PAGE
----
Amazingly, the headline on the 07.00 radio 4 news this morning was about the shortage of mental health beds. There was more detail on the BBC website, including details of a patient being admitted to a ward for deaf people, other patients in London being sent to B&B accommodation, and patients being sent hundreds of miles for an inpatient bed.
Why do I say amazingly? Well, because none of this is exactly new. Ten years ago I knew of mental health patients having to ‘hot bed’ in a major university teaching hospital – i.e. when a patient was allowed home on leave for a few days another acute patient would be admitted to that bed. Then if the patient who had gone home needed to return to hospital early (or sometimes at all) they were not able to do so because there was no bed for them. Psychiatric inpatient bed occupancy around the country runs at well over 100%, whereas a generally accepted optimum level of bed occupancy is 85%.
A paper in the Health Service Journal published in 2001 discusses issues of bed occupancy and ‘turn away’ (literally patients who require admission but are turned away from their local hospital because there is no bed available), thus confirming that this is not suddenly headline news in 2014.
‘some 38 mental health trusts are operating at higher than 5%
turn-away. No acute trust (>100 beds) operates above 20% turn-away while this is the
case for several mental health trusts. In the 38 locations where turn-away is greater than
5% there is the possibility that the community-based services are inadequate to meet the
demands being placed upon them. In these 38 locations additional hospital beds may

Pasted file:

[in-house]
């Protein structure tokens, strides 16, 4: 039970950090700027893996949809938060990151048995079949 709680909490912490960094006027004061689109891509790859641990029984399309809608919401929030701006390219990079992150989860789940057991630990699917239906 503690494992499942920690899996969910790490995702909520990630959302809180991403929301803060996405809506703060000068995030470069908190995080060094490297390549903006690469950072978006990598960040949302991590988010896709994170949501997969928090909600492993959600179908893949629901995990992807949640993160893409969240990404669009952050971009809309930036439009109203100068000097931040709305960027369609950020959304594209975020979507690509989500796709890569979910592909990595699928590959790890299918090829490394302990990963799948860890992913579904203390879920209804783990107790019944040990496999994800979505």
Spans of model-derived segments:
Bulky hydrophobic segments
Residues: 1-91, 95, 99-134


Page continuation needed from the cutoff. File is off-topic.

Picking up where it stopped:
prove the most effective option to minimise the total healthcare cost’
Last October the BBC reported that mental health services in England were in crisis, and, as he did today, the health minister Norman lamb said that this was unacceptable. Of course it is unacceptable, as is continuing to close mental health beds whilst the demand for them is rising.
It is unacceptable that, due to the huge pressure on the diminishing number of beds available, the threshold for admission steadily rises. It is unacceptable, that without anything else about the illness changing, the threshold for admission to eating disorders units, often young people at a vital stage of their education, is rising. You now have to be thinner, physically sicker, and more entrenched in your illness to access inpatient care.
It is unacceptable that because the threshold for admission to acute units is higher, in practice virtually all the patients in them have been sectioned under the Mental health Act. Indeed, I know that some patients have been asked by their psychiatrists if they would agree to be sectioned because that would be the only way to find them a bed. If you didn’t think that you were losing your grasp on reality before, then the idea that you have to agree to be sectioned (by definition to be detained against your will) might just tip the balance.
It is unacceptable that because the patients who do access a mental health bed are now so sick, and the staffing levels of the wards so minimal, that the only real care offered is crisis care. In practice this is largely containment. Inpatient mental health units in the NHS can be dehumanising for staff and patients alike. Unfortunately, at least in the geographical areas that I have knowledge of, the idea that an inpatient mental health unit offers safety, sanctuary, and a therapeutic environment is confined to the private sector.
The situation is Sussex illustrates the problem:
In Sussex, the number of patients sent out of area increased from 28 in 2011-12 to 227 last year.